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Multi-billion opportunity in nuclear supply chain
Nuclear power plant construction, long-term plant operation and decommissioning all offer potential multi-billion dollar markets over the next two decades. The nuclear industry generates worldwide revenues of about $300-billion for electricity utilities.
This is according to a newly released supply chain report from the World Nuclear Association, “The World Nuclear Supply Chain Outlook 2035”, which provides a market-oriented view of challenges and opportunities under three scenarios.
In the reference scenario, the number of nuclear reactors grows from 444 operating reactors, as of July 2016, to 462 by 2025, and 547 by 2035. The upper case scenario sees a rise to 530 by 2025 and 720 by 2035, while the lower scenario sees little new construction and a fall to 362 units by 2035.
Under the reference case, revenues from operating nuclear power plants are expected to grow by 2,8% per year over the next 20 years to reach some $500-billion a year, with 62% of the growth occurring in the emerging industrial economies (the non-OECD area, including China). Investment in new nuclear build to 2035 is of the order of $1,5-trillion, with significant international procurement of $24-billion to $30-billion a year after 2025 (up from about $6-billion to $10-billion a year currently).
The value of the investment required to keep existing reactors in long-term operation could amount to $50-billion to $100-billion, with about $4-billion per year in international procurement.
The market for decommissioning is also substantial, with decommissioning work on projects involving immediate dismantling by 2035 potentially worth up to $111-billion. This includes at least $12,4-billion as the estimated cost for cleaning up the Fukushima Daiichi site, and at least $24,2-billion for decommissioning as Germany moves to phase out its nuclear power plants.
Eleven consolidated technology vendors from Canada, China, France, India, Japan, Russia and the US currently offer their services across much of the nuclear fuel cycle, and other significant technology vendors – such as BWX Technologies, Doosan and OMZ-Skoda – are internationally active. Each has built up a supply chain that is increasingly global in scope, and the leading vendors are, for the most part, internationally diversified in terms of their corporate make-up and supplier base, the report notes.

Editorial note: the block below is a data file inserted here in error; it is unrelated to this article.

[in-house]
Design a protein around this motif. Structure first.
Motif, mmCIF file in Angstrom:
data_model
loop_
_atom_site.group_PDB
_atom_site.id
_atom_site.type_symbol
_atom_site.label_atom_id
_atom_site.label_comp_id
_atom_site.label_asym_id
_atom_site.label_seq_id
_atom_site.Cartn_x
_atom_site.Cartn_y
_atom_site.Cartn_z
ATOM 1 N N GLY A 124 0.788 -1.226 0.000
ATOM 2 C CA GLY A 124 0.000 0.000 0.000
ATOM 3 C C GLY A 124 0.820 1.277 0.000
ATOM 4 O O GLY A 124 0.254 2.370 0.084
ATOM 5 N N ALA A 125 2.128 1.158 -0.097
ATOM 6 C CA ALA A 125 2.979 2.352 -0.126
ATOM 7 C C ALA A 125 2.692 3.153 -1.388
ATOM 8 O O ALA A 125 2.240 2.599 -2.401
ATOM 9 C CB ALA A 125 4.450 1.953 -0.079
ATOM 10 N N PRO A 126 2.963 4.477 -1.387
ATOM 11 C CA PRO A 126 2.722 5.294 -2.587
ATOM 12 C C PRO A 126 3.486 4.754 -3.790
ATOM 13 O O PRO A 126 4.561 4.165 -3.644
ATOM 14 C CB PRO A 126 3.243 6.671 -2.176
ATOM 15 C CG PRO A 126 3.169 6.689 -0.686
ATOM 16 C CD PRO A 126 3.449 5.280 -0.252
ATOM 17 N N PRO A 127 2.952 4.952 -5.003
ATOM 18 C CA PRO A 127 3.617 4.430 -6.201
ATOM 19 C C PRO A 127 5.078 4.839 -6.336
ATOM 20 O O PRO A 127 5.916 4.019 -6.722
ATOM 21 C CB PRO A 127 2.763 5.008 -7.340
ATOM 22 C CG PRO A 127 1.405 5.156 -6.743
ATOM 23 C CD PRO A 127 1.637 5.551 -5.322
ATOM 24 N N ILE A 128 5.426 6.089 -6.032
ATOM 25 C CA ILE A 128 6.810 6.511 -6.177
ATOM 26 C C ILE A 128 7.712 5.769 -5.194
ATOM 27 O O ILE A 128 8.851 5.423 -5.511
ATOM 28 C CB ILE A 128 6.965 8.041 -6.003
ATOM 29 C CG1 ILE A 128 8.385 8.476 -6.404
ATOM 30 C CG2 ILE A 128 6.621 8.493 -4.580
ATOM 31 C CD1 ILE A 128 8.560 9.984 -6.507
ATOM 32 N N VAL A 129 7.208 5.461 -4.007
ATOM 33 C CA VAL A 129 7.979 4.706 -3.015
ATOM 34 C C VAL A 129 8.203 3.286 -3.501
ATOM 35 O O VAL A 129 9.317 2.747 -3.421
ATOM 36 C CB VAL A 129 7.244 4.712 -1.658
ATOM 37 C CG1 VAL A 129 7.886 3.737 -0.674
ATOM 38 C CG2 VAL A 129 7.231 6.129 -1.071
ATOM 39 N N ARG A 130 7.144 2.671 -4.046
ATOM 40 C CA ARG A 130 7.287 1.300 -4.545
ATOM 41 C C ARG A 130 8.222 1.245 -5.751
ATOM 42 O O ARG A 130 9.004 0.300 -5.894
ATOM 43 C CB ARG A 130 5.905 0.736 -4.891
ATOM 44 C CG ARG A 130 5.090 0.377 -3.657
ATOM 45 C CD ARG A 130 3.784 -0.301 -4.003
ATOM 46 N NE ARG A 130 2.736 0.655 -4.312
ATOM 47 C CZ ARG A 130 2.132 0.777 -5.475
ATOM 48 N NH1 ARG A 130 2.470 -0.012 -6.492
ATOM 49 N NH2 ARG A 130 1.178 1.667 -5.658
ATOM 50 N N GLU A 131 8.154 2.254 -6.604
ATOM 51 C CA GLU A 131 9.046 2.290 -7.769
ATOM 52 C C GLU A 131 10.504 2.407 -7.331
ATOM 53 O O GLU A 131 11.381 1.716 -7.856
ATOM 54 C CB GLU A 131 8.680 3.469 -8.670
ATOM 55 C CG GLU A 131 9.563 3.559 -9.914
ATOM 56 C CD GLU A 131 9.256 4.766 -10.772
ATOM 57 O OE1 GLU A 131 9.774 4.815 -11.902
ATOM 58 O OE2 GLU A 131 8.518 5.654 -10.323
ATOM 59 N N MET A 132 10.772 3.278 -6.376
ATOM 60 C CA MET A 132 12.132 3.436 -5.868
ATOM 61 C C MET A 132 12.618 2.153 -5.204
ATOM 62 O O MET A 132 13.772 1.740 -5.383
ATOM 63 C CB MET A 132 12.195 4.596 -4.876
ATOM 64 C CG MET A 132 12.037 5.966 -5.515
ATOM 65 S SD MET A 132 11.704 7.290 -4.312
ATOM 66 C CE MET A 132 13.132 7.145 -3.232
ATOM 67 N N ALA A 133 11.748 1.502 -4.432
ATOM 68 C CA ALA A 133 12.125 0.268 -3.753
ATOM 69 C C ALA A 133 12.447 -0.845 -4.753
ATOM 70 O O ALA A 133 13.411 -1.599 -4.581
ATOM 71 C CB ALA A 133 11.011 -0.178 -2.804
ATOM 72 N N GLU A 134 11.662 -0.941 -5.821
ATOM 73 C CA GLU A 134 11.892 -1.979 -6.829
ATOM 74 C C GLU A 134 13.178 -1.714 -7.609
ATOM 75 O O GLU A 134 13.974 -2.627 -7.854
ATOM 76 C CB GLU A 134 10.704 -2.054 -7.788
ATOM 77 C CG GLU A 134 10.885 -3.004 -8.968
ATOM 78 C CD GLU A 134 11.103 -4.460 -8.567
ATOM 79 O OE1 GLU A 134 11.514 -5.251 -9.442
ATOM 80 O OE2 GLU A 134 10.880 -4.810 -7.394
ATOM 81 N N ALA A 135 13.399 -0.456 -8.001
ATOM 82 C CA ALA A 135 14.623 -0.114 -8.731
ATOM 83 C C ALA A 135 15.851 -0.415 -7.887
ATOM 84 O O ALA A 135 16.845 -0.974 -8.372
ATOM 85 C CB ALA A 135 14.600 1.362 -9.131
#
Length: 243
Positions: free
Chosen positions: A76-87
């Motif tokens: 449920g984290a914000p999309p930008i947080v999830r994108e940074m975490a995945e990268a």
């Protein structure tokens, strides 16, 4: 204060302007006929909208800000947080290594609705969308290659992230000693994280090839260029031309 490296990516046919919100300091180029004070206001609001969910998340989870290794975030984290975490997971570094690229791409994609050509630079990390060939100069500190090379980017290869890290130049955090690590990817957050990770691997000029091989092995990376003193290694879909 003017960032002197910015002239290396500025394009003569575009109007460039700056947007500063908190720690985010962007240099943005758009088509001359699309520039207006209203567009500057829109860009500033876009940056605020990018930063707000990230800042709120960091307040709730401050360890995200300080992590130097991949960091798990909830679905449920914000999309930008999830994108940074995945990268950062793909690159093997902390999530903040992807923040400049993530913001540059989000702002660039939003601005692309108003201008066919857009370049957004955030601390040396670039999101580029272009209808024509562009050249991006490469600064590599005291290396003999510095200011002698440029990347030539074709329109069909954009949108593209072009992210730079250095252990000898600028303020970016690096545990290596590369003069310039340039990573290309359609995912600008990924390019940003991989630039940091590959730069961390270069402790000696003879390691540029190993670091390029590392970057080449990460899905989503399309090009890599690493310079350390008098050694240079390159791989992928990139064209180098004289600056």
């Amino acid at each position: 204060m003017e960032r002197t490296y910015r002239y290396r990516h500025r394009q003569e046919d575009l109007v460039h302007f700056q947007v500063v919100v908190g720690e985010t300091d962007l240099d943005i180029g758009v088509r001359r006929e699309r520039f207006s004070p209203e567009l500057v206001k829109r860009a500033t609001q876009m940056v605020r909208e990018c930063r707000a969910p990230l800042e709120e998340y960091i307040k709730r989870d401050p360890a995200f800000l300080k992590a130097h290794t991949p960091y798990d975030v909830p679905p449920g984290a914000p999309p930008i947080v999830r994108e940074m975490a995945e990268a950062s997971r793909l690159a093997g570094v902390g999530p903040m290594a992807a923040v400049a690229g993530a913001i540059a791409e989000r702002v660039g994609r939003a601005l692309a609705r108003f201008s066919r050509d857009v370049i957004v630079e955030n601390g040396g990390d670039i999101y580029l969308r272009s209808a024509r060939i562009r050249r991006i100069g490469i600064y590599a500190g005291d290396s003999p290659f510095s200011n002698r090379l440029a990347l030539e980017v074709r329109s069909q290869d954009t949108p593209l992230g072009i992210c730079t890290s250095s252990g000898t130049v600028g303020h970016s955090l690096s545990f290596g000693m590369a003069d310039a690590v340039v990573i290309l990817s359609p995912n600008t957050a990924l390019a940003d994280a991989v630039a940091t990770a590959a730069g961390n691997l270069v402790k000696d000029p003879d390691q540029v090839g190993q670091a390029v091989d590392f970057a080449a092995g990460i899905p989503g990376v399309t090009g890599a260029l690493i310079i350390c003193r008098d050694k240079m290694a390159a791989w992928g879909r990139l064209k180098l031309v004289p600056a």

Competitive pressures has encourage localisation of manufacturing, joint ventures and international procurement, resulting in materials, semi-processed and complete fabrications perhaps crossing several borders before reaching their final destination for assembly and installation.
A competitive global market exists for the construction and procurement of nuclear power plants. Several factors, including the cancellation of some planned plants following the Fukushima Daiichi accident, investment by existing suppliers and the transfer of technology and localisation, particularly to China, mean that “choke points” in the supply chain identified a decade ago – notably in terms of heavy forging capacity – do not exist at present.
Bottlenecks could, however, re-emerge in the event of multiple reactor orders being issued at the same time.
“Globalisation has become as much part of the scene for nuclear as it is for other industries,” the report notes. “The World Nuclear Association believes that the system for import and export between countries should be reviewed to streamline procedures while preserving a sound safeguards regime.”
The existing export control regime places the nuclear industry at a disadvantage in comparison with industries such as aerospace and defence, the report notes. Most export control authorities do not issue general export licences for nuclear-related items.
Instead, the report calls for the degree of scrutiny accorded to nuclear technology to be risk-based.
“A nuclear power reactor poses a low technology risk with respect to proliferation. The same is true for components, spare parts, and maintenance or repair services for an existing nuclear facility that is subject to international safeguards.
“Under a risk-based approach the export of components and complete power reactors should be made possible under general authorisation, without a prior individual licence, to another country that is a participating state in the Nuclear Suppliers Group (NSG), subject to notification being provided to the national authorities of the exporting and importing countries concerned. Within free trade areas, like the European Union’s single market, shipments should be notifiable but otherwise unrestricted,” it says.
Enrichment and reprocessing technologies are associated with a higher proliferation risk and there is a “greater justification” for licensing such transactions through individual export licences.
“Export control authorities should be able to recognize good private sector practice by extending authorized (or trusted) economic operator status to companies that apply diligently a robust and comprehensive internal compliance program to their operations,” the report notes. “In the longer run, international trade and investment agreements can help to lower the technical and administrative barriers to trade.”
Greg Kaser, senior project manager at the World Nuclear Association, comments: “The Supply Chain report supplements and expands on the World Nuclear Association’s biennial nuclear fuel report, looking in more depth at the supply side of the question and taking into account developments seen since the publication of last year’s edition of the Nuclear Fuel Report.”